New Dynamics in Social and Crisis Communications
Social media has caused a fundamental shift in how we communicate with each other. And it has caused a fundamental shift in how companies and governments interact with individuals. It is no longer solely top down or broadcasting out; rather, multiple layers of conversations and interactions are happening all at the same time.
When I think of business culture, I think of Fritz Lang’s classic 1927 film Metropolis. It gave us the imagery of man as a machine. The movie The Matrix updated that view for the digital age. The language and mindset of business have been filled with industrial references. Businesses are engineered. A chain of command is followed. Corporations are faceless. People are judged by their inputs and outputs. In many ways, the human has been taken out of business. But social media is reversing this image. It has revolutionized how people connect and interact with each other, as well as how they interact with companies.
These open, interactive attitudes of social media and the traditional business culture aren’t exactly well matched. The traditional culture is one of which is closed, hierarchical, and structured where group-think rules. Most organization’s management teams have not been able to keep pace with the explosion of social media usage. Being authentic, transparent, and engaging are discussed a lot in the world of business. Social media has forced businesses to not just use those words hollowly but actually put them into practice. This has resulted in a clash of culture in many organizations, according to Maddie Grant and Jamie Notter, authors of Humanize: How People-Centric Organizations Succeed in a Social World.1 This culture clash prevents many organizations from understanding and embracing social media as part of their business. The lack of understanding and acceptance of social media smarts in good times, and it really hurts in rough times.
Grant and Notter say that social media succeeded by abandoning the traditional mindset of our machine-based organizations and instead embracing ideas that are much more consistent with what it means to be human. One example is that relationships matter in social media. So does trust. So do things like meaning, humor, transparency, authenticity, and creativity.
We are moving away from the “command-and-control” culture of the mid-20th century. That culture where information was controlled by the top and pushed down in a well-ordered way, is crumbling. That model doesn’t work with social media. And it won’t work in a crisis today. Organizations can’t control what is being said, but they can control how they respond. Having an open and transparent organization, according to Grant and Notter, may help an organization avoid a crisis to begin with, and it definitely helps when a crisis does happen.
It’s important to remember that social media happens in real-time. Shea Leordeanu, who handles media relations for FedEx, says that the speed of social media often outpaces actual time. And this is very true. Social media is immediate. And Leordeanu knows about the speed of social media. In 2011, Leordeanu and her team led FedEx through a social media crisis after a video was posted to YouTube, showing a delivery driver hurling a package over a gate. In Chapter 4, we will hear more about how Shea Leordeanu and FedEx successfully handled their social media crisis.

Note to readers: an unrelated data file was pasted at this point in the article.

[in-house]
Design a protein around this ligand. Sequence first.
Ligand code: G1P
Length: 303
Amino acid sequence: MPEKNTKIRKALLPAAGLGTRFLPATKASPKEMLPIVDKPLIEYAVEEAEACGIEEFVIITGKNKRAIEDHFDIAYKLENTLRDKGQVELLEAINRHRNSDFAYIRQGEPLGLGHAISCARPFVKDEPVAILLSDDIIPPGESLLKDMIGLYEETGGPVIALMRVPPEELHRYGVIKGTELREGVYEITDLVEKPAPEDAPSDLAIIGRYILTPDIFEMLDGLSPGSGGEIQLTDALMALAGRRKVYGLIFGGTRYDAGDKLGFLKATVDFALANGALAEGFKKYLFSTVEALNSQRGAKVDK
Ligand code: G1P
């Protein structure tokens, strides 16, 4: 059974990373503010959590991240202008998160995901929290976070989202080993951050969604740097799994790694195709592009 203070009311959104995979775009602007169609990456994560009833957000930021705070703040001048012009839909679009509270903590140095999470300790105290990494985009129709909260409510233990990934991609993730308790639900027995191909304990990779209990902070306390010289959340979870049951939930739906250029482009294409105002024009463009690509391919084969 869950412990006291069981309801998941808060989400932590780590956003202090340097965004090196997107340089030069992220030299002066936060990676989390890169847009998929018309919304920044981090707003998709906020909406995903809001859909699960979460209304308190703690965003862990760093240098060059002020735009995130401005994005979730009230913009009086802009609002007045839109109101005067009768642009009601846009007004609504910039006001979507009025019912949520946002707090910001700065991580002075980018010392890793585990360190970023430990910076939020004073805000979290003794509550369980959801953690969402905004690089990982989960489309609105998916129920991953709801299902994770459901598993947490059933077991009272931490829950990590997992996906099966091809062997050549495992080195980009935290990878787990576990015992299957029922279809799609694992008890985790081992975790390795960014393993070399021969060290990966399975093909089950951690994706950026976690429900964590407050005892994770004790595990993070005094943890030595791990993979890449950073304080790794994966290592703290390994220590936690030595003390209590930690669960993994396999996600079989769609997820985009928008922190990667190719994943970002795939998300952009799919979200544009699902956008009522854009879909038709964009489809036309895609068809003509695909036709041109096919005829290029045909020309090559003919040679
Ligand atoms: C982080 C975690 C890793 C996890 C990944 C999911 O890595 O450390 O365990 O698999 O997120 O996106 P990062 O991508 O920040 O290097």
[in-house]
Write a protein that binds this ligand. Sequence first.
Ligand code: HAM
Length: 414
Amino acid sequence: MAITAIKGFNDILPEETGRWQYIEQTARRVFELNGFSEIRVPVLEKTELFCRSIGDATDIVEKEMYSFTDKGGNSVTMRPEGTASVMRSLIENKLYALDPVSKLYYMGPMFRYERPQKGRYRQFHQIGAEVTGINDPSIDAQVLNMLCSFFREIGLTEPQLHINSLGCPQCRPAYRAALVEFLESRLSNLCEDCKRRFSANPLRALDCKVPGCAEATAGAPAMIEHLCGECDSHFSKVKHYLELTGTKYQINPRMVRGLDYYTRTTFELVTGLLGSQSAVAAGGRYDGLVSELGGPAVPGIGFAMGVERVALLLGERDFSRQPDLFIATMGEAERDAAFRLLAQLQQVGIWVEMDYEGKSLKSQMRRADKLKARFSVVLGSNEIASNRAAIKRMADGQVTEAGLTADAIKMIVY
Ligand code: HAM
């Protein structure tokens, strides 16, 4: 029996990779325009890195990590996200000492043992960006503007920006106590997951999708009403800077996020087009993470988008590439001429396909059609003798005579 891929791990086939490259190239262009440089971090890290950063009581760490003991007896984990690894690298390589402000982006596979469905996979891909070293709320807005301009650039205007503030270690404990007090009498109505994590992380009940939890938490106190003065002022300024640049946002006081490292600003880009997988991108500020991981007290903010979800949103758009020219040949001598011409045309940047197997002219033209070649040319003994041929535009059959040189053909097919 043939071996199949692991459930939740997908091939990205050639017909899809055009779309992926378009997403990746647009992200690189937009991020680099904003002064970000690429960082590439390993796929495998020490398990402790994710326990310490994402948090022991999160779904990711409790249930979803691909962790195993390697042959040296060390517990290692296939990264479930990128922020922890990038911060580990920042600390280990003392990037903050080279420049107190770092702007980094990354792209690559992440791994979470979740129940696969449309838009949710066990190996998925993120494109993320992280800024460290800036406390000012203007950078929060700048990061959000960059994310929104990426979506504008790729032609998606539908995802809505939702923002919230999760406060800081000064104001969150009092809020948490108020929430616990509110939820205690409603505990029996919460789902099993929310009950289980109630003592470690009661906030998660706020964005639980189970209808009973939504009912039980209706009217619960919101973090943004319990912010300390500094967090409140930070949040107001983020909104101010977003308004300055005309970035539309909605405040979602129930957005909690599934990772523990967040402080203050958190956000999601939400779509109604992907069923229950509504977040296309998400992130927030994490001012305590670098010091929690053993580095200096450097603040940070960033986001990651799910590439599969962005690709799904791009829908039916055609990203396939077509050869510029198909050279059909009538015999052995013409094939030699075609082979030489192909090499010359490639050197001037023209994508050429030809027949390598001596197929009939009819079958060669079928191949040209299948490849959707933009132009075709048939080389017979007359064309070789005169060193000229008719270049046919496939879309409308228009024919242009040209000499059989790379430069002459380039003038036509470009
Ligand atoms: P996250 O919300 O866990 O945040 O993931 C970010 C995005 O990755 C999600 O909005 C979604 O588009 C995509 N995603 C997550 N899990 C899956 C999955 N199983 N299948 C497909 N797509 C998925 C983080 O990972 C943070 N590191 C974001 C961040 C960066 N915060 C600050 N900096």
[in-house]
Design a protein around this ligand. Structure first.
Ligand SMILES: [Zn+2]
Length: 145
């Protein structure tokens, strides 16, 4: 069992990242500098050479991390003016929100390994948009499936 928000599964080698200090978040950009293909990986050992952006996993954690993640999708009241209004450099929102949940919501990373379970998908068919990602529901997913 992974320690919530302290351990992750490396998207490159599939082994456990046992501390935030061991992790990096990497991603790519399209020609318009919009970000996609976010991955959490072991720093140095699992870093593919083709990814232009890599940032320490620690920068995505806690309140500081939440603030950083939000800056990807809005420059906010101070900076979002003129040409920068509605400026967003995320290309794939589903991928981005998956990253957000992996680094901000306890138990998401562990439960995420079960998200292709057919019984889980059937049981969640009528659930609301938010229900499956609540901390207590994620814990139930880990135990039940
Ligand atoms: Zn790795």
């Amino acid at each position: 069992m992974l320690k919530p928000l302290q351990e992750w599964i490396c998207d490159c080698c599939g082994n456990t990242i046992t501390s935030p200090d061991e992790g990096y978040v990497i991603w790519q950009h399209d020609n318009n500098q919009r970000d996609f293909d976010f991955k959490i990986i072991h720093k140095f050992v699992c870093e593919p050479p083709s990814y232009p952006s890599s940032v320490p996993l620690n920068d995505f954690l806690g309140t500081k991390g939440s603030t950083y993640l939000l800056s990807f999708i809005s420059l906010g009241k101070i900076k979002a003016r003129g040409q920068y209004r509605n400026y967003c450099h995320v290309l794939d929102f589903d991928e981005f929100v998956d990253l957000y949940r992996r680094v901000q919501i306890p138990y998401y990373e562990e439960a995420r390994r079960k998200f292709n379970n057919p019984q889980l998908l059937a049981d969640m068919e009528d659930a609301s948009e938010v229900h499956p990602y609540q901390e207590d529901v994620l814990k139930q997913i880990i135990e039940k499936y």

The speed of information travel on social media is truly amazing. Using publicly available social media data, Scott Hendrickson, Ph.D., principal data scientist at GNIP,2 is able to show how an event unfolds on a social media platform, specifically Twitter. There are two types of events: expected and unexpected. We can look at examples related to natural disasters to illustrate.
With today’s weather forecasting, a hurricane can be considered an expected event, while an earthquake can be classified as an unexpected one. By looking at the data in real time—which Hendrickson says is about 10 seconds from the time a user creates contact and when data can be analyzed—we can see a pattern with an expected event. By analyzing social data, Hendrickson is able to show distinct patterns for people’s reactions to breaking events. A curve develops. In the case of hurricanes, there is a slow buildup as the hurricane approaches. The intensity increases, peaking during the hurricane and then falling off quickly after the hurricane has passed. This curve is a tall peak with a long hump. The peak may last 15 minutes, with a half-life of 1 day (that is, slow decay). On the other hand, with an unexpected event such as an earthquake, there is no buildup. A spike happens immediately. Hundreds or thousands of people observe the earthquake and start writing about it. The decay of social volumes takes longer.
Not only does social media move at hyperspeed, but it is also an amplifier. In the old days, you had to worry about unhappy customers telling their friends. According to Dunbar’s number, a person can maintain stable social relationships with an average of 150 people, and most people have only a handful of close relationships.3 But then social media enters the scene, and word of mouth now has a megaphone.
Social media has allowed us to connect far beyond the people we know face-to-face or “in real life.” In 2011 Pew Internet and America Life Project completed a study about social networking sites and our lives. They found that the average American has 634 connections in his or her overall network.4 The more someone uses the Internet, the larger their network. Due to self-selection on Twitter and LinkedIn, users of those sites have greater overall connections. And smart phone users tend to have larger networks. The data at hand wasn’t able to pinpoint why that is the case. I suspect it is to have the technology at hand enabling them to stay connected and allowing for more interaction.5